What else is so appealing in this story? The revelations that Mickey confides in the book’s flashbacks. We know, for example, the difficulties that Mickey has finding safe care for her son, yet we don’t know that full story until late in the book. We know that the father of the girls abandoned them to the grandmother, yet we don’t know about a cache of letters and cards long concealed until the latter part of the story. We realize that Mickey deeply loves her struggling sister, yet we don’t know the depth of Kacey’s suffering until we reach the conclusion.
This fine tale is gritty and ridden with betrayals and hard feelings, but it is also uplifting. We discover with Mickey that there are those for whom love is always present. Don’t miss this affecting tale of complex family relationships.
Best of the Best in Children’s Books
by Jennifer Bergen, Programs & Children’s Services Manager
Looking for new children’s books with a range of styles, topics and diverse characters? Try the Association for Library Service to Children (ALSC) list of Youth Media Awards for 2019.
In 1922, the Newbery Medal for the most distinguished American children’s book became “the first children’s book award in the world,” according to ALSC’s webpage. On the newer end, the Pura Belpré Award was established in 1996 for outstanding books that portray the Latino cultural experience, and the American Indian Youth Literature Award was started in 2006. Getting a shiny sticker on the cover of your book means selling more copies, making it onto more booklists, and most importantly, reaching more readers and inspiring more young minds.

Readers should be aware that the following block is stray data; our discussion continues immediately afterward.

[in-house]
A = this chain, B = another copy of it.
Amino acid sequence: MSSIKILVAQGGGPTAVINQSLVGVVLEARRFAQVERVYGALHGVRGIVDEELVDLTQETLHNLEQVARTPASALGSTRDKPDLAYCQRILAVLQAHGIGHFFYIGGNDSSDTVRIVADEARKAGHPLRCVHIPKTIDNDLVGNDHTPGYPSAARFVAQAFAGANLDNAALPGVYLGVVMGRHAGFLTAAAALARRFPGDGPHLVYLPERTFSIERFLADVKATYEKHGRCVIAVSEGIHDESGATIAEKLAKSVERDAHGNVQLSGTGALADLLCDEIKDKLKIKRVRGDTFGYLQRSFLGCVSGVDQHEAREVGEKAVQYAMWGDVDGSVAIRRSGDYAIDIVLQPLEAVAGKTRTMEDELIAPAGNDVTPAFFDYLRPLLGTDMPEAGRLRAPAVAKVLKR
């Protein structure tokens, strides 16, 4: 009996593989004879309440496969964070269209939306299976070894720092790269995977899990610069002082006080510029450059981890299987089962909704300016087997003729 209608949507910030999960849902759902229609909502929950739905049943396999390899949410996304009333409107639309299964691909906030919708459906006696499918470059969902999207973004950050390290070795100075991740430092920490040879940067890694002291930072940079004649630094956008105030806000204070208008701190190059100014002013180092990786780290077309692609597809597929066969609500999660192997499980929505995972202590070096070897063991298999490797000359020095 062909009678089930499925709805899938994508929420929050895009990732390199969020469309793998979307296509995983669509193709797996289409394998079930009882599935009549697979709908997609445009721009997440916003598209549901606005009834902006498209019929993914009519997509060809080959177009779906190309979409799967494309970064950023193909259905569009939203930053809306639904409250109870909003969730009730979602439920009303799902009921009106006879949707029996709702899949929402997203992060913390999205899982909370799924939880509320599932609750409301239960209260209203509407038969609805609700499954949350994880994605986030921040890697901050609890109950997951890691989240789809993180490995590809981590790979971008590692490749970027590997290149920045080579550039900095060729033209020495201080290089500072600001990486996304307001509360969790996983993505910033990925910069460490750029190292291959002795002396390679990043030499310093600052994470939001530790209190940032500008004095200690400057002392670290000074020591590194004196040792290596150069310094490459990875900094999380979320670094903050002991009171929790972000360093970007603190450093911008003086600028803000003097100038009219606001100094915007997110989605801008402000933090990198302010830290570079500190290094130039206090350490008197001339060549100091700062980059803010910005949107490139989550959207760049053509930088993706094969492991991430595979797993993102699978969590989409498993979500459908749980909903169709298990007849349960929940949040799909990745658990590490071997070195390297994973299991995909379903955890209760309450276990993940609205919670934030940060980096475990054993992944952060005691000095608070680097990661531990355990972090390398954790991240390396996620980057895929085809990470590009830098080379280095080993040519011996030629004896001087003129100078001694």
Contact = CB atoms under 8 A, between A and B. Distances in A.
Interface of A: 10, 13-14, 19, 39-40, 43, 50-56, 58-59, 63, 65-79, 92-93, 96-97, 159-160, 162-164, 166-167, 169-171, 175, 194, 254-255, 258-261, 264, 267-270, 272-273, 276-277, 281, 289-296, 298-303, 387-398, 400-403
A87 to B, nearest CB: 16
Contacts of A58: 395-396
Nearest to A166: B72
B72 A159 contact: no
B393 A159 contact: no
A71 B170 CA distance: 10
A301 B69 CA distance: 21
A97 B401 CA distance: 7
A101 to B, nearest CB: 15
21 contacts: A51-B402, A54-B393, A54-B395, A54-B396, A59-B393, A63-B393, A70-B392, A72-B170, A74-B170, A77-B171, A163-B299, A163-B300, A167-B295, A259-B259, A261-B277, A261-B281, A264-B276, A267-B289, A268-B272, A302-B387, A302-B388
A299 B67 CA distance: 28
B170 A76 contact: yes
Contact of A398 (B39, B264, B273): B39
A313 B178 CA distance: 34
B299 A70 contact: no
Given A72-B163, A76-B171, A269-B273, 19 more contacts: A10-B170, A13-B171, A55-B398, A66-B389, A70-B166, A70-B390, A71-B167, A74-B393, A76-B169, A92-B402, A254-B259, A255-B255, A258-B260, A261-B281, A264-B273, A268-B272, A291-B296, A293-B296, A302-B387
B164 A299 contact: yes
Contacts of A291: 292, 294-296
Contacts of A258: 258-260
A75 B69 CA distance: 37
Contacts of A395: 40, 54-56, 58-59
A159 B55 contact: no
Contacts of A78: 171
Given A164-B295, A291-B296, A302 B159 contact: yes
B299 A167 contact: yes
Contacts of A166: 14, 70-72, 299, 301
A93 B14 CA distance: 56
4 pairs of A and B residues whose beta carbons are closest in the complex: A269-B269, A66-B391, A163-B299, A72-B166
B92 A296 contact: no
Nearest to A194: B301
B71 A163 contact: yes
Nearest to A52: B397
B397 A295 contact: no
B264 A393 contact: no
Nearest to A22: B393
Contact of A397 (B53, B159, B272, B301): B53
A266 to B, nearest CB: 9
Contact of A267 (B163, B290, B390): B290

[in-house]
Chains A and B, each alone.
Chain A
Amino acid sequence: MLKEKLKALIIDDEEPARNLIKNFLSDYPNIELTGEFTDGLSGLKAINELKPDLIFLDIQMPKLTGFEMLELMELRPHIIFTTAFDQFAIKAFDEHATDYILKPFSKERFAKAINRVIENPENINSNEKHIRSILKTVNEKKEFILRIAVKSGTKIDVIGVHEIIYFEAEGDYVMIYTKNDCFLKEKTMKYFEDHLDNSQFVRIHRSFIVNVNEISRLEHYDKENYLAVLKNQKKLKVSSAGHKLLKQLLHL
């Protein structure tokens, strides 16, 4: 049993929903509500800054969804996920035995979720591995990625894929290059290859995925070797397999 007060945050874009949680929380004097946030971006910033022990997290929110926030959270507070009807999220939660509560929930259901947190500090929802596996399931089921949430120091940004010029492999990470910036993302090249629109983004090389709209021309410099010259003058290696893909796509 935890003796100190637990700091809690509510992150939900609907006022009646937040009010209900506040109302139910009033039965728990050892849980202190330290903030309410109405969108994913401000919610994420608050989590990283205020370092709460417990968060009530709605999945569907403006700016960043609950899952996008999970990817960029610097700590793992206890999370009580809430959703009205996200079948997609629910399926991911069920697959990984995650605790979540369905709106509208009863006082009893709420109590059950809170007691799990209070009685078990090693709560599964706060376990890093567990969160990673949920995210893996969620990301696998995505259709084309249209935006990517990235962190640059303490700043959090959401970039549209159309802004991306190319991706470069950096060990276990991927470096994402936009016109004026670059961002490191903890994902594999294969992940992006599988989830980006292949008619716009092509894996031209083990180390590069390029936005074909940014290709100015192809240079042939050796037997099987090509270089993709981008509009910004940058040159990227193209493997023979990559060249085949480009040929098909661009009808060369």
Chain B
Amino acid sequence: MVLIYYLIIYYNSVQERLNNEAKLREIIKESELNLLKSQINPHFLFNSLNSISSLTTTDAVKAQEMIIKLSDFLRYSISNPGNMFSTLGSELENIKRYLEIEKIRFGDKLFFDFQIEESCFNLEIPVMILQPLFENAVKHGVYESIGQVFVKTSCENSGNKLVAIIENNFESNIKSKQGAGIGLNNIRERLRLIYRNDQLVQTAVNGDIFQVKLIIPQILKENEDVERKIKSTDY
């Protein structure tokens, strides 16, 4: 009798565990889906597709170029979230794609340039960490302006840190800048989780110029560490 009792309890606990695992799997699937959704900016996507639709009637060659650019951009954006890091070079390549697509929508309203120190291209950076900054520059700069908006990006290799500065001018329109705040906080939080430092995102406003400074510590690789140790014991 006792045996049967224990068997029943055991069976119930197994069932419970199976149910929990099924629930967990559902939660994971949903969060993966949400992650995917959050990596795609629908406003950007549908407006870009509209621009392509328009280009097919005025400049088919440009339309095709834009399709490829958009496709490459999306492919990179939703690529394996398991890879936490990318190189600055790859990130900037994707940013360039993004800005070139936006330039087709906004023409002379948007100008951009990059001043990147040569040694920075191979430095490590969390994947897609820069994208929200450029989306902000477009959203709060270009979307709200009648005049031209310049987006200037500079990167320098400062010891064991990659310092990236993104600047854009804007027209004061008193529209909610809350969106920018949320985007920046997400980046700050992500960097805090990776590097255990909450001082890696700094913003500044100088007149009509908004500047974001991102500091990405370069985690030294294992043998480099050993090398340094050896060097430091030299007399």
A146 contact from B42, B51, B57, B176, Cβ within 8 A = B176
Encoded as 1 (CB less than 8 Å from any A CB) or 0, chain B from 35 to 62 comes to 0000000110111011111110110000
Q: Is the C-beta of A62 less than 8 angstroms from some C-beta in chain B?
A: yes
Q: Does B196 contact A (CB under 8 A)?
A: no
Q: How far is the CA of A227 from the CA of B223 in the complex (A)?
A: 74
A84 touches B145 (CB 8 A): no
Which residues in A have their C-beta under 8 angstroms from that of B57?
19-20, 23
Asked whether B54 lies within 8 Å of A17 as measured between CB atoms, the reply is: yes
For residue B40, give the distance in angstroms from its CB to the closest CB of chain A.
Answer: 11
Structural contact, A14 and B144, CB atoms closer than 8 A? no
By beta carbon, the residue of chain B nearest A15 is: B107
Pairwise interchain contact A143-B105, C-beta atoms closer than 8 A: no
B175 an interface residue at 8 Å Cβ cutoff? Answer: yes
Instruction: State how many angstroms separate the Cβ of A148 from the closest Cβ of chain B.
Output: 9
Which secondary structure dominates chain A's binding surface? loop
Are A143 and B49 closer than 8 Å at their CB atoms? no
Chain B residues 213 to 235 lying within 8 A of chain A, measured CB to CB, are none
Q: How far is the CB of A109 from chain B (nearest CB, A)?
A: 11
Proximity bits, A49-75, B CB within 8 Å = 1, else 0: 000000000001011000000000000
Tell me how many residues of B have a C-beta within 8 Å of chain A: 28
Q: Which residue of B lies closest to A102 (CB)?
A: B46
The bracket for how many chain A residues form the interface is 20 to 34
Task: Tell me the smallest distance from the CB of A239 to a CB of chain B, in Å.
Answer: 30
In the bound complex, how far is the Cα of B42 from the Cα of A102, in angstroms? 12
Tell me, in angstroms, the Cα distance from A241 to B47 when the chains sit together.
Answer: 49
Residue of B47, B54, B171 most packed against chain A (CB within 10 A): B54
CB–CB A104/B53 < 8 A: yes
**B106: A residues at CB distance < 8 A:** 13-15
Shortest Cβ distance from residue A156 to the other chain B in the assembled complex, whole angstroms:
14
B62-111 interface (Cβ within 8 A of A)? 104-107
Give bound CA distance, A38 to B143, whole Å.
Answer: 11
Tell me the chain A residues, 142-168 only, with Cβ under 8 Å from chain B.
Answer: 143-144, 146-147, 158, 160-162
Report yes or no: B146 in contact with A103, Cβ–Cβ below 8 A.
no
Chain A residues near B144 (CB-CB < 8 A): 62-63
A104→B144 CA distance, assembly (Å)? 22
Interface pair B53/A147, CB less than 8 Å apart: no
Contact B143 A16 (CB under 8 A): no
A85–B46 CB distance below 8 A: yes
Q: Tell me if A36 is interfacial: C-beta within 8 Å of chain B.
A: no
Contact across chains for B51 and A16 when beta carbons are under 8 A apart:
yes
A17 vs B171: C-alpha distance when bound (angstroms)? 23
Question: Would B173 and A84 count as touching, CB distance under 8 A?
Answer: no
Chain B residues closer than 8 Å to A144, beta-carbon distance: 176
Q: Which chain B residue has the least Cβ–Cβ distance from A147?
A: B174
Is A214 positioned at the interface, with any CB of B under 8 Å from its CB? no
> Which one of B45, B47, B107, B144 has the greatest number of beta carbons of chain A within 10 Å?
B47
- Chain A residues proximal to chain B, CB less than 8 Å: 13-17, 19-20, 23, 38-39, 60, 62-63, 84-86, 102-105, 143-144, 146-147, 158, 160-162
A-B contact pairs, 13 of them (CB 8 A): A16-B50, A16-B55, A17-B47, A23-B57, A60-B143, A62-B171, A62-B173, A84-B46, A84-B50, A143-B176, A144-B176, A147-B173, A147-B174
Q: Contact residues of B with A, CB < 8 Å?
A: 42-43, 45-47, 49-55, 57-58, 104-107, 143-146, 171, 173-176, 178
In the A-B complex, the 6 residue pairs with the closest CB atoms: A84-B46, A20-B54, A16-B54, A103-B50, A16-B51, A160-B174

Here are a few titles from the amazing books on the awards list at ala.org/alsc.
The Undefeated by Kwame Alexander, illustrated by Kadir Nelson, is a short but powerful work of art. The text is a poem which was first performed by Alexander in a video on ESPN’s website, theundefeated.com, a site that highlights “the intersections of race, sports and culture.” The poem’s video is inspiring on its own, but the poem paired with Kadir Nelson’s striking illustrations will leave readers in a dazzle of emotions — proud, angry, sad, amazed, hopeful. The Undefeated is a poem to be read aloud, and then studied again alone, feeling the power behind the bold, persistent, and talented black leaders, athletes, soldiers, slaves, musicians and children. It’s no wonder The Undefeated walked away with not one, but three impressive awards last week – the Caldecott Medal for best picture book, the Coretta Scott King Award for best art by an African-American illustrator, and a Newbery Honor for most outstanding contribution to children’s literature.